Last week I visited a conference which had the theme: "The Face of the Earth". At the conference were very inspiring talks and interesting scientists. It gave me new inspiration for my blog and my PhD research. It also gave me artistic creativity. So enjoy my art work titled: "The Face of the Earth viewed by a gravity scientist!" (click on figures to enlarge)
The figure represents the free air anomaly of the Earth. This anomaly is the deviation of the gravity signal from the main ellipsoidal signal (the 9.81 m/s^2 you learned in high school). The colors represent the magnitude of the deviation. So more mass is red and blue means less mass then the main signal (green is zero). But you don't want to talk numbers, you want to enjoy the colors, because that is art all about. The above picture is of course the old continent Africa. You can clearly see some nice features in the gravity field. In the middle of Africa (Congo) is a large blue area, showing the location of the Congo Basin and the old craton beneath it. Also you see the characteristic gravity signal of mid oceanic ridges, where the dynamic mantle pushes material up, creating a gravity high (reddish/orange). Furthermore, the large collision zone between Africa and Eurasia is viewed as large red band of mountainous land. Finally, the subduction zone near Indonesia is seen as a very thin ribbon of blue and red. What else can you see?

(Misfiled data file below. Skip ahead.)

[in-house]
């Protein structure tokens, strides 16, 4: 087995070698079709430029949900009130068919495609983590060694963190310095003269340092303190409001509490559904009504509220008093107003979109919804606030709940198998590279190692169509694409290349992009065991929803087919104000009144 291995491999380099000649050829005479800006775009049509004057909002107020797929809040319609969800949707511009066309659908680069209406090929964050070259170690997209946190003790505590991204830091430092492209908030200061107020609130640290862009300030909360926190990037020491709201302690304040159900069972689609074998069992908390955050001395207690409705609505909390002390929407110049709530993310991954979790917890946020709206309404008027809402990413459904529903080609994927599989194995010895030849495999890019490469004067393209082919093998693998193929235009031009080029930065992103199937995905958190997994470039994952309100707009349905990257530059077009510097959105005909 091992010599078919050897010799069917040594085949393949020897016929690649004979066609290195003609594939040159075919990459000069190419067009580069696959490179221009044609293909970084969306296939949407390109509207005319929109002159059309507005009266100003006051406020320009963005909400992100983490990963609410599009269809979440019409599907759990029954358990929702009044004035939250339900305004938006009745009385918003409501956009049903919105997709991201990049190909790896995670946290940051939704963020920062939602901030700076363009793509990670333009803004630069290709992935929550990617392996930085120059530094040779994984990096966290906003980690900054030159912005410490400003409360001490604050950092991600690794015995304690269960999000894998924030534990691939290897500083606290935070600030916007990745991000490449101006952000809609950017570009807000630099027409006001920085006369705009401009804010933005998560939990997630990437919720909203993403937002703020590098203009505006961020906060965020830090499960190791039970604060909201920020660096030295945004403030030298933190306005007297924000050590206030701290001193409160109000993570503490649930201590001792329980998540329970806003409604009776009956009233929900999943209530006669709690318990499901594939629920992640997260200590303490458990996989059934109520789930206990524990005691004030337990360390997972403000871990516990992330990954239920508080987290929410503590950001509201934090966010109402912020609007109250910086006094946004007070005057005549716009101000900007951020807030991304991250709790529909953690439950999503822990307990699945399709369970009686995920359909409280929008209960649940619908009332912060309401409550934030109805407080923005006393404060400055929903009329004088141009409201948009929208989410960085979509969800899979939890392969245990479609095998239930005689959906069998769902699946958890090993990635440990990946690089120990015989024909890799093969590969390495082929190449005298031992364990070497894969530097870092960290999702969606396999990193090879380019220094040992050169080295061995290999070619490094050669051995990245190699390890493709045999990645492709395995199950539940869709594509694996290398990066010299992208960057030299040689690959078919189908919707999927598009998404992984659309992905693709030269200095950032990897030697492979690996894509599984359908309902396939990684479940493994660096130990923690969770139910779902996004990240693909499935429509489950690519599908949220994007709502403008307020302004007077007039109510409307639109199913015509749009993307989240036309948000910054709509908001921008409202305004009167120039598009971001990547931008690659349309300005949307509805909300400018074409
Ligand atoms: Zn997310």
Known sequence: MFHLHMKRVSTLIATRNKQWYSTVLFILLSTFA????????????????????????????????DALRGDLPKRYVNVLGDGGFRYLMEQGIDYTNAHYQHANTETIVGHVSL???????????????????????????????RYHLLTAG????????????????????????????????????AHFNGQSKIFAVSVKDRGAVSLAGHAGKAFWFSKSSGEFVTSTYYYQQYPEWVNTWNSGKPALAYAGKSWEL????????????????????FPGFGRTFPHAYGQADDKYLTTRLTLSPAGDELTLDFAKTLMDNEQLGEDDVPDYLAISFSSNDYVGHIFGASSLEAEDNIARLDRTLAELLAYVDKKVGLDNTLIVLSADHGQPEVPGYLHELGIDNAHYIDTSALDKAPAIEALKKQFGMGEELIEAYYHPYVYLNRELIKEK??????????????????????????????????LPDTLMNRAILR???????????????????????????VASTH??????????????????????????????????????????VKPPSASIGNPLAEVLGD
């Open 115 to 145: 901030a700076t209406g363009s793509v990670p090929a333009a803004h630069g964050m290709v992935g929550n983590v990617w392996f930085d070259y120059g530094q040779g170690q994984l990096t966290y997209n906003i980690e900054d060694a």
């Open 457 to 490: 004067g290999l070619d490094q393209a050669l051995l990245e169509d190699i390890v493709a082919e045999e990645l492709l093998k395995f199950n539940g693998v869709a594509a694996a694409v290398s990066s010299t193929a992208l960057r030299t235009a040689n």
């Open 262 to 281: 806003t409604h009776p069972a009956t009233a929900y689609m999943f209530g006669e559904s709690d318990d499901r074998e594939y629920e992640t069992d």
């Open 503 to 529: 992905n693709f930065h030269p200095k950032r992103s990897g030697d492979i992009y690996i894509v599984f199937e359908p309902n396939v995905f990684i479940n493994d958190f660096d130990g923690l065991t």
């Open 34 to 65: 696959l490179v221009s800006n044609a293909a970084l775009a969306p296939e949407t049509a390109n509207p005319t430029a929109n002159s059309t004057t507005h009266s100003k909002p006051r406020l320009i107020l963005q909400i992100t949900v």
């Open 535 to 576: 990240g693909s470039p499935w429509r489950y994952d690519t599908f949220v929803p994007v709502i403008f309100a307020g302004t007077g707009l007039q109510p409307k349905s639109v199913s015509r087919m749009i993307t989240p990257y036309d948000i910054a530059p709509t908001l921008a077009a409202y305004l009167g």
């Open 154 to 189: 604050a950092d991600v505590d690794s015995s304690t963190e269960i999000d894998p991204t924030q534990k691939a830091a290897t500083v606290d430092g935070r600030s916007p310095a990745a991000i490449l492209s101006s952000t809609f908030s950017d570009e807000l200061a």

Another one I made for my Auntie Down Under:
She wanted to see more colors so I played a little with the colormap. Can you see cool details? For Example, I noticed small red/white blobs just offshore the west coast of Australia. Those are marine volcanos, which I did not know they existed (but now I found them on Google maps). Furthermore, I filtered the effect of mantle convection and deep density anomalies to get a better view on the crustal structures.
Can you see the differences (colormap is the same)?
Let me know what area of Earth you would like to see Gravity Artified, and I will see what I can do!